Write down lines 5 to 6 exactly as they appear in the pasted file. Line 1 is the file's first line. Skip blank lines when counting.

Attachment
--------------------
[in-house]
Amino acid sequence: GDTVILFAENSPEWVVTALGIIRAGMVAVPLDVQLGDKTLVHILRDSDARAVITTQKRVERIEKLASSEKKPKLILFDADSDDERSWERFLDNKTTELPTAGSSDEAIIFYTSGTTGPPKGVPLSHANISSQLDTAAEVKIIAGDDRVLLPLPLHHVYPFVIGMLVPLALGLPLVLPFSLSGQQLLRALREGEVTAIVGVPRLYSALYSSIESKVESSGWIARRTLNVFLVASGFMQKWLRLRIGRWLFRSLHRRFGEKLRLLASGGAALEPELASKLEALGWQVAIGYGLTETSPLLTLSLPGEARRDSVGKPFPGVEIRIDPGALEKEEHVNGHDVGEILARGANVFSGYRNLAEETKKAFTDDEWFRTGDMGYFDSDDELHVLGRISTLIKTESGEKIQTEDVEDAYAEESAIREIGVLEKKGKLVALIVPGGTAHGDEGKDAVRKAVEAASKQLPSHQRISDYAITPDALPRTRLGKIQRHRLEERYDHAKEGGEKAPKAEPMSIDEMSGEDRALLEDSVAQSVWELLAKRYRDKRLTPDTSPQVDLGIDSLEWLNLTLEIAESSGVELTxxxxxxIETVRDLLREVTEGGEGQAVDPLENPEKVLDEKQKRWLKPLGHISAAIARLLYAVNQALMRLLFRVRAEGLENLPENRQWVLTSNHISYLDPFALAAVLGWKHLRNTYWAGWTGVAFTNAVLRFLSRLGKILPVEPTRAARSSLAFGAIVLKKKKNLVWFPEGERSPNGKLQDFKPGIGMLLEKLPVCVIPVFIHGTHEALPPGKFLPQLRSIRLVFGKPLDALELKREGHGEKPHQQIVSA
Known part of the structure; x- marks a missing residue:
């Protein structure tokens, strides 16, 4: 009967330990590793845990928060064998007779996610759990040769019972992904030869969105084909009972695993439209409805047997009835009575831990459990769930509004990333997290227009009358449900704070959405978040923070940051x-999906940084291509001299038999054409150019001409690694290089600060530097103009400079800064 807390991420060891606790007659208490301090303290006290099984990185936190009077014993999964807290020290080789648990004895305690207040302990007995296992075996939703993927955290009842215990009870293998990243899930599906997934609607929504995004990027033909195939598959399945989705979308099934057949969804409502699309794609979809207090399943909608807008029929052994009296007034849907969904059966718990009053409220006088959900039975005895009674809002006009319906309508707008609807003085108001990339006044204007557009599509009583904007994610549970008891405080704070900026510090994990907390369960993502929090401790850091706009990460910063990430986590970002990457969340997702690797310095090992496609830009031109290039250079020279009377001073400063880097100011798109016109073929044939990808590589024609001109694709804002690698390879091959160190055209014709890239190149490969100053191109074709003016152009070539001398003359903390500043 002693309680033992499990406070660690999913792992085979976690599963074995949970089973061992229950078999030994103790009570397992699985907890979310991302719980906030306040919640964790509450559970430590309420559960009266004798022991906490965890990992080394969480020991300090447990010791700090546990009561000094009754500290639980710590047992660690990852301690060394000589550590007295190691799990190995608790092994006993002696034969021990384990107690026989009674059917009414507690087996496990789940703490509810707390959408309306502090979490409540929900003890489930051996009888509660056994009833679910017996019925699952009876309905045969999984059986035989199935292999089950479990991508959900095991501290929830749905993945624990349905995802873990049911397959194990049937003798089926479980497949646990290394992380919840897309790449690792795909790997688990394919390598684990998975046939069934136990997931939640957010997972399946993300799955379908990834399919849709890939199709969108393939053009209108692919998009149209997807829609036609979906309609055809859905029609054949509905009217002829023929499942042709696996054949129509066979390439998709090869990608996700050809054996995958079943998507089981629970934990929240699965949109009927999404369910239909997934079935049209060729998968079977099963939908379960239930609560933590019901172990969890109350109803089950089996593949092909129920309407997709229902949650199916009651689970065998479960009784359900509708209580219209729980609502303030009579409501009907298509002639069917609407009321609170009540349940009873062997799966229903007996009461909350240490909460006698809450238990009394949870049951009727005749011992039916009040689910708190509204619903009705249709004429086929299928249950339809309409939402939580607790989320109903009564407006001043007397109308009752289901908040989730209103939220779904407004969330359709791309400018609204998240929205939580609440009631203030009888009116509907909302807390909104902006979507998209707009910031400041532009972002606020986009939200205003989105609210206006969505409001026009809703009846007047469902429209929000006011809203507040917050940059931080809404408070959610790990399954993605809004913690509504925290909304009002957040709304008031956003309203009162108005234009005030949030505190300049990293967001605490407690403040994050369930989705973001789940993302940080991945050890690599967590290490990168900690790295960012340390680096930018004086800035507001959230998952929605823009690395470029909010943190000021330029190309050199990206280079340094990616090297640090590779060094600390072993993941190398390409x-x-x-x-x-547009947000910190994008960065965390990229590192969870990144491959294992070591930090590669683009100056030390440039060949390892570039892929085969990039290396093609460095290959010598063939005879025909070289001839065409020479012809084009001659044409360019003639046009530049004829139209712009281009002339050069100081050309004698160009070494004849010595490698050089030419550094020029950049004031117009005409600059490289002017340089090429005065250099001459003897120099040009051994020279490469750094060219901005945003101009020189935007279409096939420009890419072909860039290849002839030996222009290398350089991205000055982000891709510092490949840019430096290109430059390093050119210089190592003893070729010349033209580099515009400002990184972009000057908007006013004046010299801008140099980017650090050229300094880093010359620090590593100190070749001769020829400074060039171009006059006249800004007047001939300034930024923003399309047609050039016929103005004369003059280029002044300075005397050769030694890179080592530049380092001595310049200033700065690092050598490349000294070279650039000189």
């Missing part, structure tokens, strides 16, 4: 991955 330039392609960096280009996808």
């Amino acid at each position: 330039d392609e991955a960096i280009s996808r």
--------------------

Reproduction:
């Missing part, structure tokens, strides 16, 4: 991955 330039392609960096280009996808």
């Amino acid at each position: 330039d392609e991955a960096i280009s996808r």